Helping a Loved One With Memory Issues Convey Accurate Information to Their Doctor
Doctor's desk

In the last few days 2 people have come to me for advice about an aging parent with memory issues who is not telling their doctor what is really going on. I had a similar experience with my 90 year old father. The doctor would ask him questions about how he was functioning and he said he was fine. I knew he wasn’t and was standing behind my dad signaling the correct information to his physician. It was quickly apparent when my dad took off his shirt and was wearing a watch on his wrist and by his elbow that something was wrong.  My father thanked me for helping him find the watches. A doctor recommended trip directly to the hospital emergency room confirmed he had a brain hemorrhage.

This scenario can occur for several reasons. In my dad’s case he genuinely did not remember having problems with his memory or his ability to walk. Some people are in denial about what they can and cannot do and err on the side of maximizing their medical status. Medical issues can impact a person’s ability to accurately self assess their day to day function. Many people are afraid they will have to leave their home or get additional help they don’t want if it is apparent that they are unsafe or unable to do self care activities independently.

So what can we do to support our loved ones when we know their physicians are not aware of their true status?

  1. Try to get a release of information from your loved one so that you can have an honest discussion with their doctor about what is going on in terms of their health status. This also allows you to bring medical records from other doctors or hospitalizations. This will help ensure that the current doctor has accurate and comprehensive information to make the correct diagnosis and treatment plan.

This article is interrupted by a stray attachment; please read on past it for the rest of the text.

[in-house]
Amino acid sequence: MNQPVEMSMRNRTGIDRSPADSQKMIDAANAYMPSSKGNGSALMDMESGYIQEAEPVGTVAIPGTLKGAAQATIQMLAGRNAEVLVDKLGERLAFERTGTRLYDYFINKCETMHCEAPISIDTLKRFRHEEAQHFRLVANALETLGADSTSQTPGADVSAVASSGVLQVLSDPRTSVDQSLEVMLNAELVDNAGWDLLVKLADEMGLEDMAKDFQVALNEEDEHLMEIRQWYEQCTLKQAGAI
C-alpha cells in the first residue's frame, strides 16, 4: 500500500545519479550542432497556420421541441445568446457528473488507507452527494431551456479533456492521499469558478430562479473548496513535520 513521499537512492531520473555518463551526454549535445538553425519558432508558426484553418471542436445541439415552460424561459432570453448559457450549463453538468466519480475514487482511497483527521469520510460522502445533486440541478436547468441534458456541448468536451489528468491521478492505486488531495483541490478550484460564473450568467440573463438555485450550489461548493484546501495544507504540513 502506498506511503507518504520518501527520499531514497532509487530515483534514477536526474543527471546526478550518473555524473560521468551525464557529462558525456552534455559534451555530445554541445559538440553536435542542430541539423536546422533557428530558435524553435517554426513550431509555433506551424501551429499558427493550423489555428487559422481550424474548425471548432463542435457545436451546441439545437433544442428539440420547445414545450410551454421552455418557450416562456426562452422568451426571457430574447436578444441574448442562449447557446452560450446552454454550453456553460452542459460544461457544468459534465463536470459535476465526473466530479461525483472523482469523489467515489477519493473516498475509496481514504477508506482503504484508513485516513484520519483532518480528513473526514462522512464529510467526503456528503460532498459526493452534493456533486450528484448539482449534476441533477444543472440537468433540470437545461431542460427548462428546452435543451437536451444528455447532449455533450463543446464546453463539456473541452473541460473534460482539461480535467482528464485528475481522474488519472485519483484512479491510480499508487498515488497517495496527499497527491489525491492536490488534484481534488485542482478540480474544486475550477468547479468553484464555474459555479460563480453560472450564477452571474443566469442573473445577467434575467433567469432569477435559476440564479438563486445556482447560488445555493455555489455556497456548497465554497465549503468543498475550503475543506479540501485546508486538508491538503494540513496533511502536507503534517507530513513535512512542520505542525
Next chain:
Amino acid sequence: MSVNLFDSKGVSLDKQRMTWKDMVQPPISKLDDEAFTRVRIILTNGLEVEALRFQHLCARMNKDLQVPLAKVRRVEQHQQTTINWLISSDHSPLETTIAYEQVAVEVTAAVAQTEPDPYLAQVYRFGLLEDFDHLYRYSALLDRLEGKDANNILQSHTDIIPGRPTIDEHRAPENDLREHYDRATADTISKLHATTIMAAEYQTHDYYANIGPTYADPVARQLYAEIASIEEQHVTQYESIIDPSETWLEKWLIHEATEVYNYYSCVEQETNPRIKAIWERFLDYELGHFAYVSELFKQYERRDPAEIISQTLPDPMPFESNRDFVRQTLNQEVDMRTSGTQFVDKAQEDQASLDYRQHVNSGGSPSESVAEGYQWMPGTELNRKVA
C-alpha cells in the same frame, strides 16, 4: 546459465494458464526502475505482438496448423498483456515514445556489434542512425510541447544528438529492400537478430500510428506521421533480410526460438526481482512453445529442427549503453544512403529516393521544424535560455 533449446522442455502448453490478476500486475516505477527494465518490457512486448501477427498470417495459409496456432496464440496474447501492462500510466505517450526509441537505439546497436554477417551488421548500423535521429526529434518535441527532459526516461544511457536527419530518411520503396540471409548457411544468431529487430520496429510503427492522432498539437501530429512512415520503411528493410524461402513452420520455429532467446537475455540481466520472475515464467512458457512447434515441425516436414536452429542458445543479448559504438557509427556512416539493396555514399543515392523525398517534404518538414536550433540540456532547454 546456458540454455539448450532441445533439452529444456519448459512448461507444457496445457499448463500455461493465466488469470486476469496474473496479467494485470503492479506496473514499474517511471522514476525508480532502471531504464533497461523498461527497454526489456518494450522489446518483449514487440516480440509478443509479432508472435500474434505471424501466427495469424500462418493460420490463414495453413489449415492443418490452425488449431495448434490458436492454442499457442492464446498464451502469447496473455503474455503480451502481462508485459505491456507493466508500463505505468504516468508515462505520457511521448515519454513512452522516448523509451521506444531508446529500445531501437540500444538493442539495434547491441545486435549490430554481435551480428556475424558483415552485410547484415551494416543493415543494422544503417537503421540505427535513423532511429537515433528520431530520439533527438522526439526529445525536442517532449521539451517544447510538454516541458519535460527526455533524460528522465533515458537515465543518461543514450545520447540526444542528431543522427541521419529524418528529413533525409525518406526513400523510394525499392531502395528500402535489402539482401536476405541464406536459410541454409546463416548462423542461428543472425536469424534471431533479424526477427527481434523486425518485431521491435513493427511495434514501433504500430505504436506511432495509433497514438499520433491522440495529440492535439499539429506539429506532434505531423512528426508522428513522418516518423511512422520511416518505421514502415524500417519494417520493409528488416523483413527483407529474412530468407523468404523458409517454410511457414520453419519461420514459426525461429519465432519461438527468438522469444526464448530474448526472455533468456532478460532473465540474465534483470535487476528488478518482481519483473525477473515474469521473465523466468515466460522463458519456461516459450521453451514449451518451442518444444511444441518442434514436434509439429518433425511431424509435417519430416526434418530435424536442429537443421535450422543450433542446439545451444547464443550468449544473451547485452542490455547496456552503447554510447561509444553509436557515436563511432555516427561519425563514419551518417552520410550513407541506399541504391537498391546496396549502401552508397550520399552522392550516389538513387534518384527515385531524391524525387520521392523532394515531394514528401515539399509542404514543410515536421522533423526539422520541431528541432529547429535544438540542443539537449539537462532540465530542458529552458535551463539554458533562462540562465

2.  Have a talk with your loved one prior to the appointment about what things should be discussed at the appointment. It will help you gage how realistic or open they are about honestly assessing their situation. Do this as a collaboration, not a confrontation. Make suggestions about areas that might be covered during the doctor visit and explain why it is important the doctor be made aware of these problem areas. Remind them their safety and quality of life is your priority.
  3.  Contact the doctor ahead of the appointment and share your concerns and observations. If the doctor knows what to look for it can be explored during the examination in more detail. Sometimes loved ones will listen to a doctor and follow their recommendations more readily than a family member.
  4. Advocate for your loved one. Be prepared with a list of all medications that are being taken. Someone with a memory problem may forget to include a drug that can have a bad reaction when taken with another medication. Also some people like to doctor shop and have different doctors give them medications and don’t reveal this. It is critical that a physician has all the correct information regarding the daily medications and dosage regime of their patients.
  5. Take notes or record the doctor visit so you and your loved one can refer back to it if there is some confusion about what was said. A lot of information can be exchanged during a doctor’s appointment and this eliminates potential problems. This is especially important in cases where memory or cognitive impairments are present in the patient.
Written by Iris Waichler
Iris Waichler, MSW, LCSW is the author of Role Reversal How to Take Care of Yourself and Your Aging Parents. Role Reversal is the winner of 5 major book awards. Ms. Waichler has been a medical social worker and patient advocate for 40 years. She has done freelance writing, counseling, and workshops on patient advocacy and healthcare related issues for 17 years. Find out more at her website

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